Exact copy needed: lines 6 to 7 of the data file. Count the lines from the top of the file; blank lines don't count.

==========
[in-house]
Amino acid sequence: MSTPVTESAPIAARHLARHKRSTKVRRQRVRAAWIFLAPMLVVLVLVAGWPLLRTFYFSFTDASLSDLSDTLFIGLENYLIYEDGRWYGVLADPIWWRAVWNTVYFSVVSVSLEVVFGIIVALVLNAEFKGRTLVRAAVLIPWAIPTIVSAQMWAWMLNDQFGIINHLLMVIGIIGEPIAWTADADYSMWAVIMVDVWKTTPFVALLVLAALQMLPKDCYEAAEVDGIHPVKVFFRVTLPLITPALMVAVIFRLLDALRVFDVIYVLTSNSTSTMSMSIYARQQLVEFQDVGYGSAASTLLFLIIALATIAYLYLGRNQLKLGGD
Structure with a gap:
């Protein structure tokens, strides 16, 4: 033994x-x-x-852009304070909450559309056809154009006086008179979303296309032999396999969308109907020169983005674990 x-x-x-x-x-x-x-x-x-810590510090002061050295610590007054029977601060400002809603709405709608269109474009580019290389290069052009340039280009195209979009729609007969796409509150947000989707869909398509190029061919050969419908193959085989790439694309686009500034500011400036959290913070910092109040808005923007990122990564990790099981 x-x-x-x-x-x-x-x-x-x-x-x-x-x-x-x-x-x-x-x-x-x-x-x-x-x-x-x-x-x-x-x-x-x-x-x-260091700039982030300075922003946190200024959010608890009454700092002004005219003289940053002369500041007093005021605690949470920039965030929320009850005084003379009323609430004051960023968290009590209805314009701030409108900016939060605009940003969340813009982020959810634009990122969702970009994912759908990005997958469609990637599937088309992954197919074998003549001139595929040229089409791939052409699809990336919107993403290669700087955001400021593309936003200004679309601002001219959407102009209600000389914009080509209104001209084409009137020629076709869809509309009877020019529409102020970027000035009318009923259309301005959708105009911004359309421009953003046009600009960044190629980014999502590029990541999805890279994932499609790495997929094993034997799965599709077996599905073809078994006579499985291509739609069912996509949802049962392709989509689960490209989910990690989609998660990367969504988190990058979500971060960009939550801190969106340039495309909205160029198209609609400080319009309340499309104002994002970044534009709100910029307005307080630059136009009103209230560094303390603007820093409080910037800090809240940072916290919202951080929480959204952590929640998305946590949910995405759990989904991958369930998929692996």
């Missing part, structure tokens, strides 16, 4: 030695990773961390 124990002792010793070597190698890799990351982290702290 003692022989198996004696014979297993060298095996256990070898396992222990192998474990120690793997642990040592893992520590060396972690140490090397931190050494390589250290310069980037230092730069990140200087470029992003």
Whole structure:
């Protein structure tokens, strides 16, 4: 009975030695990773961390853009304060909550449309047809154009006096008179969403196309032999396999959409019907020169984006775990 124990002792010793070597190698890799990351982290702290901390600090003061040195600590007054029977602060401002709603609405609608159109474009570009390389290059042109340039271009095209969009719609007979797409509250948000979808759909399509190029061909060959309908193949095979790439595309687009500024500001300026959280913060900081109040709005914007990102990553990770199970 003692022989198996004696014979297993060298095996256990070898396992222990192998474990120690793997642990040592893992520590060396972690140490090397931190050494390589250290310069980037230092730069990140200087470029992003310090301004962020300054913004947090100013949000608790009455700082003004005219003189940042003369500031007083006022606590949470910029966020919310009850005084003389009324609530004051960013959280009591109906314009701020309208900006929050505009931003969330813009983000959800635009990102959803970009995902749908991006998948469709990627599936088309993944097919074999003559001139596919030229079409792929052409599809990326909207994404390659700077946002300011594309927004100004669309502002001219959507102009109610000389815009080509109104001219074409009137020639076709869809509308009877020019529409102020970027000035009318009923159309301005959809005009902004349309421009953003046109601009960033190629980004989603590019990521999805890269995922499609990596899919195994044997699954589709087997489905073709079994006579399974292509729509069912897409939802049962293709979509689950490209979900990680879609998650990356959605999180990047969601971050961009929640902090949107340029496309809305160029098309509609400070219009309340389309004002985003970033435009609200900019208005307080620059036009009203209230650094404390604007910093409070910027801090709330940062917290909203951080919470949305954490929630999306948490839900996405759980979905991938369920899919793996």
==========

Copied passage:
Whole structure:
């Protein structure tokens, strides 16, 4: 009975030695990773961390853009304060909550449309047809154009006096008179969403196309032999396999959409019907020169984006775990 124990002792010793070597190698890799990351982290702290901390600090003061040195600590007054029977602060401002709603609405609608159109474009570009390389290059042109340039271009095209969009719609007979797409509250948000979808759909399509190029061909060959309908193949095979790439595309687009500024500001300026959280913060900081109040709005914007990102990553990770199970 003692022989198996004696014979297993060298095996256990070898396992222990192998474990120690793997642990040592893992520590060396972690140490090397931190050494390589250290310069980037230092730069990140200087470029992003310090301004962020300054913004947090100013949000608790009455700082003004005219003189940042003369500031007083006022606590949470910029966020919310009850005084003389009324609530004051960013959280009591109906314009701020309208900006929050505009931003969330813009983000959800635009990102959803970009995902749908991006998948469709990627599936088309993944097919074999003559001139596919030229079409792929052409599809990326909207994404390659700077946002300011594309927004100004669309502002001219959507102009109610000389815009080509109104001219074409009137020639076709869809509308009877020019529409102020970027000035009318009923159309301005959809005009902004349309421009953003046109601009960033190629980004989603590019990521999805890269995922499609990596899919195994044997699954589709087997489905073709079994006579399974292509729509069912897409939802049962293709979509689950490209979900990680879609998650990356959605999180990047969601971050961009929640902090949107340029496309809305160029098309509609400070219009309340389309004002985003970033435009609200900019208005307080620059036009009203209230650094404390604007910093409070910027801090709330940062917290909203951080919470949305954490929630999306948490839900996405759980979905991938369920899919793996």